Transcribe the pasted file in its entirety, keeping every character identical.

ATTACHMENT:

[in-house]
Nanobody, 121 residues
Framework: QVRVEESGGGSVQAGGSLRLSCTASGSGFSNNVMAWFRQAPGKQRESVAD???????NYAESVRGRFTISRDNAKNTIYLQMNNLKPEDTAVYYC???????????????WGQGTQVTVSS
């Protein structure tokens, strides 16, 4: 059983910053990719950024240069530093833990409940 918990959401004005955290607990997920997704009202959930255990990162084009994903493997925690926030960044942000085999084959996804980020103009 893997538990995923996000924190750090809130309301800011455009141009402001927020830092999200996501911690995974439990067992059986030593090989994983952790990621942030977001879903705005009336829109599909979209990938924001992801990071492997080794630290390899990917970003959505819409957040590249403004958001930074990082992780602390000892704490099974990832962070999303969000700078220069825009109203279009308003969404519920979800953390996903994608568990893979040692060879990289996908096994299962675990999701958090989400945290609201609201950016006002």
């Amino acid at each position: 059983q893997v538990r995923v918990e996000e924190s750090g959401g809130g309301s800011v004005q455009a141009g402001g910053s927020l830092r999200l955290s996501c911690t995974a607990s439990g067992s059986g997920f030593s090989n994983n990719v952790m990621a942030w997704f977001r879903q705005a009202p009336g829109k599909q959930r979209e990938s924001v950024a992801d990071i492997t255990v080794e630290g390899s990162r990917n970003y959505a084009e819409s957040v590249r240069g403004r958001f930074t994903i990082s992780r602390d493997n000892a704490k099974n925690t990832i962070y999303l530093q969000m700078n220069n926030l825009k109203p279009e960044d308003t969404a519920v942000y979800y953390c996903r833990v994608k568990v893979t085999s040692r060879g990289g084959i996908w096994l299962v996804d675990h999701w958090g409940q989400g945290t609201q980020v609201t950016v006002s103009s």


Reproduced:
[in-house]
Nanobody, 121 residues
Framework: QVRVEESGGGSVQAGGSLRLSCTASGSGFSNNVMAWFRQAPGKQRESVAD???????NYAESVRGRFTISRDNAKNTIYLQMNNLKPEDTAVYYC???????????????WGQGTQVTVSS
């Protein structure tokens, strides 16, 4: 059983910053990719950024240069530093833990409940 918990959401004005955290607990997920997704009202959930255990990162084009994903493997925690926030960044942000085999084959996804980020103009 893997538990995923996000924190750090809130309301800011455009141009402001927020830092999200996501911690995974439990067992059986030593090989994983952790990621942030977001879903705005009336829109599909979209990938924001992801990071492997080794630290390899990917970003959505819409957040590249403004958001930074990082992780602390000892704490099974990832962070999303969000700078220069825009109203279009308003969404519920979800953390996903994608568990893979040692060879990289996908096994299962675990999701958090989400945290609201609201950016006002």
């Amino acid at each position: 059983q893997v538990r995923v918990e996000e924190s750090g959401g809130g309301s800011v004005q455009a141009g402001g910053s927020l830092r999200l955290s996501c911690t995974a607990s439990g067992s059986g997920f030593s090989n994983n990719v952790m990621a942030w997704f977001r879903q705005a009202p009336g829109k599909q959930r979209e990938s924001v950024a992801d990071i492997t255990v080794e630290g390899s990162r990917n970003y959505a084009e819409s957040v590249r240069g403004r958001f930074t994903i990082s992780r602390d493997n000892a704490k099974n925690t990832i962070y999303l530093q969000m700078n220069n926030l825009k109203p279009e960044d308003t969404a519920v942000y979800y953390c996903r833990v994608k568990v893979t085999s040692r060879g990289g084959i996908w096994l299962v996804d675990h999701w958090g409940q989400g945290t609201q980020v609201t950016v006002s103009s």